Unless you’re lucky enough to know someone with a tree, citrons are a rarity in produce markets. They’re notable for their musky, aromatic smell and barely any pulp. But the beauty of a citron is in the noble, aromatic peel and rind, which is candied in halves or big slices, then chopped into Italian fruitcakes like pan forte or pan pepato, its spicier cousin. Of course, many American use them when baking their holiday fruitcakes as well, commonly referred to as “those icky green things”, an unfortunate designation, since as you can see, they’re lovely and delicious, especially coated with Sicilian chocolate!

The Worst Cheese in the World

Perhaps it’s wrong to blame the cheese.
But cheese doesn’t have any feelings, it’s just exists for our pleasure.
So for once I don’t have to worry about offending anyone on my blog. Now that’s a relief.

A friend of mine came for dinner the other night who’s on le regime, a diet. While shopping at the supermarket I spotted this reduced-fat cheese, checked out the short list of ingredients on the reverse (which listed no icky ingredients), so I tossed it in my handbasket and headed to the checkout.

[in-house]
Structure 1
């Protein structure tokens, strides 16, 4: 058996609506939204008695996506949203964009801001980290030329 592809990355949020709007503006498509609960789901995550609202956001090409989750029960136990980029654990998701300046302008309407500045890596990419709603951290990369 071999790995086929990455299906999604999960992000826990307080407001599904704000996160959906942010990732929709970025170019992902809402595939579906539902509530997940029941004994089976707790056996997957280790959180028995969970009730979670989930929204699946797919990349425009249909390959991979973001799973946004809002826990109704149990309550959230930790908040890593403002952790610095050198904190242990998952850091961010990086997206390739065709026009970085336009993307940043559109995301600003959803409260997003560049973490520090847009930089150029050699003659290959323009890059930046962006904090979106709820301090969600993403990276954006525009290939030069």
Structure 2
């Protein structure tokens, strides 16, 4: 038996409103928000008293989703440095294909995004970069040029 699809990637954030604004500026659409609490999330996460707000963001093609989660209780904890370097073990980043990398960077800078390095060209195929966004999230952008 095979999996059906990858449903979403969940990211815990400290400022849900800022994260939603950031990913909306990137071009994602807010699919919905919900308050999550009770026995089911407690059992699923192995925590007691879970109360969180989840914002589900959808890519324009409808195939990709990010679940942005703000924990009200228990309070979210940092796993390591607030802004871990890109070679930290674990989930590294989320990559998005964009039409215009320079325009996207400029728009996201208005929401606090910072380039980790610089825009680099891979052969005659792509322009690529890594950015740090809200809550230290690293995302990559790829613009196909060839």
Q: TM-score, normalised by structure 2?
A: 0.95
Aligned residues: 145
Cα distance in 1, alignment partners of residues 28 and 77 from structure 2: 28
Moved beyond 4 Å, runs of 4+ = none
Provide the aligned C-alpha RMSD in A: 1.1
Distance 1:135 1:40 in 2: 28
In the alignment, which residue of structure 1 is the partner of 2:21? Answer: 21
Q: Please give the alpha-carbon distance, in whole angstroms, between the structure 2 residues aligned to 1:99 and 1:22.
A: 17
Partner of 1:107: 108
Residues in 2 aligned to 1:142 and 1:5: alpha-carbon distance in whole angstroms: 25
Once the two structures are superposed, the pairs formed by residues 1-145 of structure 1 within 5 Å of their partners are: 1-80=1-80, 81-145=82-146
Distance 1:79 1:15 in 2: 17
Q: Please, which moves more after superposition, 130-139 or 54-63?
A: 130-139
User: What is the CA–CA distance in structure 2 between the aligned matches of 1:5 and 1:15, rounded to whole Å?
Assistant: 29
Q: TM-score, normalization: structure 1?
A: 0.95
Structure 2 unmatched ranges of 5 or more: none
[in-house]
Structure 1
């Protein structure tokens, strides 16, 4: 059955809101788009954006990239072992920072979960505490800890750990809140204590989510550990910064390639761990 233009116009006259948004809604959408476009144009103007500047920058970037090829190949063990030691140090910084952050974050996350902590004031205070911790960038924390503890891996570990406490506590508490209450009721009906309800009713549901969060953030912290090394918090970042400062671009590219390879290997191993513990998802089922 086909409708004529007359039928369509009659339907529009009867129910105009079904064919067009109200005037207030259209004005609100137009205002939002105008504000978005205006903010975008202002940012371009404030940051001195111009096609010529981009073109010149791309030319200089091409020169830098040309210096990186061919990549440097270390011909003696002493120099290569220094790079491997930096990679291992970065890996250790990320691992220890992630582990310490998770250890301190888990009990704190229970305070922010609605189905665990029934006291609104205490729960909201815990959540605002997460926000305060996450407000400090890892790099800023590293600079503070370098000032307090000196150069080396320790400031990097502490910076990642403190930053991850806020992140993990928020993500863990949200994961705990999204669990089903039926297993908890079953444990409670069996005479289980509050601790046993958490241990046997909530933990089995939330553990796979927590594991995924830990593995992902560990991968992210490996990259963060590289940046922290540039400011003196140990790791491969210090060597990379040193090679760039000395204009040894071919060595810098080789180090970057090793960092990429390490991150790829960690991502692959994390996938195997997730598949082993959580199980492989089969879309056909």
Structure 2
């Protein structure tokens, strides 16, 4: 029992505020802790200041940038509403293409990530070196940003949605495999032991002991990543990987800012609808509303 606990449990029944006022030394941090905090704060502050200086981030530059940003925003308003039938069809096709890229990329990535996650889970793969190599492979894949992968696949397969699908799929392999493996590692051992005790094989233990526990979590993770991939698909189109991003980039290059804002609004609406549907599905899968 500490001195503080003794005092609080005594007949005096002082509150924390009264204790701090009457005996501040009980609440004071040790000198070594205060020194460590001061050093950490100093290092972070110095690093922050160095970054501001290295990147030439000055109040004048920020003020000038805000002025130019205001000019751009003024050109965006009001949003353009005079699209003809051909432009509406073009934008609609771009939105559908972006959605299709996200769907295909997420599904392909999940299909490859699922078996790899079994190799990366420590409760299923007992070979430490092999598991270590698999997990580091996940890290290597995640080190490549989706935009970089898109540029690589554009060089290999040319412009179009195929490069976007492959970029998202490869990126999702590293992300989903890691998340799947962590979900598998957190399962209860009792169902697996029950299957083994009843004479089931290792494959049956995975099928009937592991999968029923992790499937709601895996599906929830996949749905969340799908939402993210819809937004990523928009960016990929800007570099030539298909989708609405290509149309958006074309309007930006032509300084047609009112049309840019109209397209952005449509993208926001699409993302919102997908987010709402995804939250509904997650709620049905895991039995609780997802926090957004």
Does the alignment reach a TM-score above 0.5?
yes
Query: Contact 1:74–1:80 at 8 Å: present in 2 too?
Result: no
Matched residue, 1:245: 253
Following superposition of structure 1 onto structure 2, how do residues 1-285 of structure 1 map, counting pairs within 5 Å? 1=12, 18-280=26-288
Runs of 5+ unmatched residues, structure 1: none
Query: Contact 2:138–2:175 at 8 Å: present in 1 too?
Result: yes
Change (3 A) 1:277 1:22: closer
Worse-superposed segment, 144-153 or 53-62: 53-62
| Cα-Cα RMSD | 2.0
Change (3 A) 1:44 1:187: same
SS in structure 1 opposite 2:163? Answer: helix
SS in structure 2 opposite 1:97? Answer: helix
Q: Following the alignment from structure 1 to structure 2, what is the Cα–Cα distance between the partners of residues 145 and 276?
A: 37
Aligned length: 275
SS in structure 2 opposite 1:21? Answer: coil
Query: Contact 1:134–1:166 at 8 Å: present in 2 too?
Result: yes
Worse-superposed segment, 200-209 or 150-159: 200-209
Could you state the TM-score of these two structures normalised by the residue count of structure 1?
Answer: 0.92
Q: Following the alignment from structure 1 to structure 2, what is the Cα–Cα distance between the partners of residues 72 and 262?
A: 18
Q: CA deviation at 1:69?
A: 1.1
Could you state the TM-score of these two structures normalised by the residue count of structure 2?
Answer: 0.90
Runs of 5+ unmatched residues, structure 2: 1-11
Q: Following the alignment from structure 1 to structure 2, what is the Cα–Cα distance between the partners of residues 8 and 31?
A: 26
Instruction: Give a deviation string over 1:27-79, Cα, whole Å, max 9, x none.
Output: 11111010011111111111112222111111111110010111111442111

I got home, unwrapped it and immediately my apartment smelled rather, um, funky.
And not like that good-funky that a fabulously-ripe camembert or brie smells like, but a vaguely familiar funky, with a smell that I couldn’t put my finger on it. When my friend arrived a bit later (who’s quite refined and sophisticated, and lives in the swank place des Vosges), she removed her Hermès jacket and scarf, took a whiff then looked at the sorry specimen, screwed up her face, and said, “Ugh. That smells like a fart.”

If you happen to be eating cheese while reading this, sorry about the analogy.

And before you pooh-pooh low-fat, there’s a long list of low- or non-fat items that rock our world: pink marshmallow Peeps, dried sour cherries, gumdrops, Berthillon’s bitter chocolate sorbet, prunes, candy corn, rice, meringue, pasta, cranberry sauce, matzoh, Cracker Jack’s, dark brown sugar, Jewish rye bread, dried-out leftover turkey breast meat, sushi, and orange-flavored Chuckles.)